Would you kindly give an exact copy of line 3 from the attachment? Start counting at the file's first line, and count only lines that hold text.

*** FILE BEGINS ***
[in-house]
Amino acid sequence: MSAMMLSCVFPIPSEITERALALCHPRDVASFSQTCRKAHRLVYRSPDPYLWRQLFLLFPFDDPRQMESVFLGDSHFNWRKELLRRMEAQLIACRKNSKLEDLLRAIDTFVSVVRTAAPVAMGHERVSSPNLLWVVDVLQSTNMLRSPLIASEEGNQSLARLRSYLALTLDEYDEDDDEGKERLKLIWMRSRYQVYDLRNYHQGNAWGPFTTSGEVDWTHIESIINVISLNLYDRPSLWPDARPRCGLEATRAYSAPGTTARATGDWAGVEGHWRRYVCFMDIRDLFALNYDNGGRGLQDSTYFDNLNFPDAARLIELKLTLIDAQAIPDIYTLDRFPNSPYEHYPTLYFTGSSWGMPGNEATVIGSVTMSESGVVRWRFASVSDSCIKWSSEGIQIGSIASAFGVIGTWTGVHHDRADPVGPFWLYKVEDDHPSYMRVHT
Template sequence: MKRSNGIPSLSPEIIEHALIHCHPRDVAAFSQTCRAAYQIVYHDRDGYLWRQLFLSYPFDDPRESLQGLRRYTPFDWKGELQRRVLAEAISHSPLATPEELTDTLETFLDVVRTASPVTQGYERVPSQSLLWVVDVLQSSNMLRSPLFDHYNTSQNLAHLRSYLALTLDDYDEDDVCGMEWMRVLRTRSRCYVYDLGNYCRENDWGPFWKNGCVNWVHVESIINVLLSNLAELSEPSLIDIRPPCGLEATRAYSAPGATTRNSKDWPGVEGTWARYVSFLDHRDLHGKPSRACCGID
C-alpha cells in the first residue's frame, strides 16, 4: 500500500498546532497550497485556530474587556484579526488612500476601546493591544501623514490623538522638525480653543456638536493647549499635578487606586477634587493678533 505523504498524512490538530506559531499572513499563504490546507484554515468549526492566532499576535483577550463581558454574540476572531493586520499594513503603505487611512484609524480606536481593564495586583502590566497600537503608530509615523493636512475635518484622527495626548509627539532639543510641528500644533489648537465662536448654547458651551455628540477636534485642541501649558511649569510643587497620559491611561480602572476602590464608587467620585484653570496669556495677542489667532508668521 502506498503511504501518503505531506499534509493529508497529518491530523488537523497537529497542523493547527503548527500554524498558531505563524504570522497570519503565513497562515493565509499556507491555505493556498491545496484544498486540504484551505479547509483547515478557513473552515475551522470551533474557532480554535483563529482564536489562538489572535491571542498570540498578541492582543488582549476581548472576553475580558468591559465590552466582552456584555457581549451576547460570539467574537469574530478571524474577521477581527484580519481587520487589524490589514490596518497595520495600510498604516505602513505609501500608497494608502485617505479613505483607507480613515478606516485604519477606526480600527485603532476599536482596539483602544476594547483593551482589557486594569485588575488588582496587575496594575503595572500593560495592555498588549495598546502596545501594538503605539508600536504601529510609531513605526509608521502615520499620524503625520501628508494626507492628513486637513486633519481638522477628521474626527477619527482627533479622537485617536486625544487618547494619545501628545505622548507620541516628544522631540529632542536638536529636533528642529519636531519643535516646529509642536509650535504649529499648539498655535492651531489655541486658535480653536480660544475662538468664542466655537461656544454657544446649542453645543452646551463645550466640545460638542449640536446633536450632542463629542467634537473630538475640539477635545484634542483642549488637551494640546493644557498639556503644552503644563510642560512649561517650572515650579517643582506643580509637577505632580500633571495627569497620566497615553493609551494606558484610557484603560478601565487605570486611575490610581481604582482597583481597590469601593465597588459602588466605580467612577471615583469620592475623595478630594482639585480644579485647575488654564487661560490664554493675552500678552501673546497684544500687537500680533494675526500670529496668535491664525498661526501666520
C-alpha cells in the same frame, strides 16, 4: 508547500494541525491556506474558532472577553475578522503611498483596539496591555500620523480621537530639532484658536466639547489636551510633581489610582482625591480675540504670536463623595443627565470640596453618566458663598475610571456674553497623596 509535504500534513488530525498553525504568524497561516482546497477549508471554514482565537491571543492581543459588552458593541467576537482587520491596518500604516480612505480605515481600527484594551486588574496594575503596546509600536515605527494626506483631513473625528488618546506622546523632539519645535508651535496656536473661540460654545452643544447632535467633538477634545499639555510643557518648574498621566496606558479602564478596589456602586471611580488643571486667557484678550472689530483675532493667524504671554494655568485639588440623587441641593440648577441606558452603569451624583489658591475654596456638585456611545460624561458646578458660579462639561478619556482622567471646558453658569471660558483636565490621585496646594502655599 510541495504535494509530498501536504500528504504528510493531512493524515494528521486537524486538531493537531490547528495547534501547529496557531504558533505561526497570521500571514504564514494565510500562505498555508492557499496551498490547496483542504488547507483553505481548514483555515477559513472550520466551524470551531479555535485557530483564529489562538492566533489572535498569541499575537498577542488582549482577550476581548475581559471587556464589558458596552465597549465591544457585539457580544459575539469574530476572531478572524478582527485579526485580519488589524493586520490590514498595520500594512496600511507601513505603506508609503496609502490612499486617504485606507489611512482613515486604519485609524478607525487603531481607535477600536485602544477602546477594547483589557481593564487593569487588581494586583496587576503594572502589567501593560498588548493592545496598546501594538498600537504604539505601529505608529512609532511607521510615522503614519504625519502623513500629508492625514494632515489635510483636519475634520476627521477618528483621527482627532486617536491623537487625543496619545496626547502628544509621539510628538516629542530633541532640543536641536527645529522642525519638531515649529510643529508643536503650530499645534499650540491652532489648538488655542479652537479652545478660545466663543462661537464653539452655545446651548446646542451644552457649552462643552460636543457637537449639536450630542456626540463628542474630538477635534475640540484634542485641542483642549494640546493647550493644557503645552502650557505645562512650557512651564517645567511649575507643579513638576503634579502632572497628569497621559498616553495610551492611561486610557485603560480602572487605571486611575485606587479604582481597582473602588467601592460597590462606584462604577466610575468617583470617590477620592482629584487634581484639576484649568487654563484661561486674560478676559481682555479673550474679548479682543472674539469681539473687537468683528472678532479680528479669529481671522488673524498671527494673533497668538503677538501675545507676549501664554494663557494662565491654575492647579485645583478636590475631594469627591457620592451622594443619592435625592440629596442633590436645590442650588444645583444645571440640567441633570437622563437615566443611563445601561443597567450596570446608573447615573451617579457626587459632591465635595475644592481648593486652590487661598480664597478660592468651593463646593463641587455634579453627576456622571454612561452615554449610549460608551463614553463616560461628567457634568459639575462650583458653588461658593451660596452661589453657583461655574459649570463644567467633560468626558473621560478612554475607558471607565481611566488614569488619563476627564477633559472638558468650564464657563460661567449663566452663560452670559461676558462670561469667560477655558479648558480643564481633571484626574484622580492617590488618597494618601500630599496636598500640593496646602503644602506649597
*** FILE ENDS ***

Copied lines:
Template sequence: MKRSNGIPSLSPEIIEHALIHCHPRDVAAFSQTCRAAYQIVYHDRDGYLWRQLFLSYPFDDPRESLQGLRRYTPFDWKGELQRRVLAEAISHSPLATPEELTDTLETFLDVVRTASPVTQGYERVPSQSLLWVVDVLQSSNMLRSPLFDHYNTSQNLAHLRSYLALTLDDYDEDDVCGMEWMRVLRTRSRCYVYDLGNYCRENDWGPFWKNGCVNWVHVESIINVLLSNLAELSEPSLIDIRPPCGLEATRAYSAPGATTRNSKDWPGVEGTWARYVSFLDHRDLHGKPSRACCGID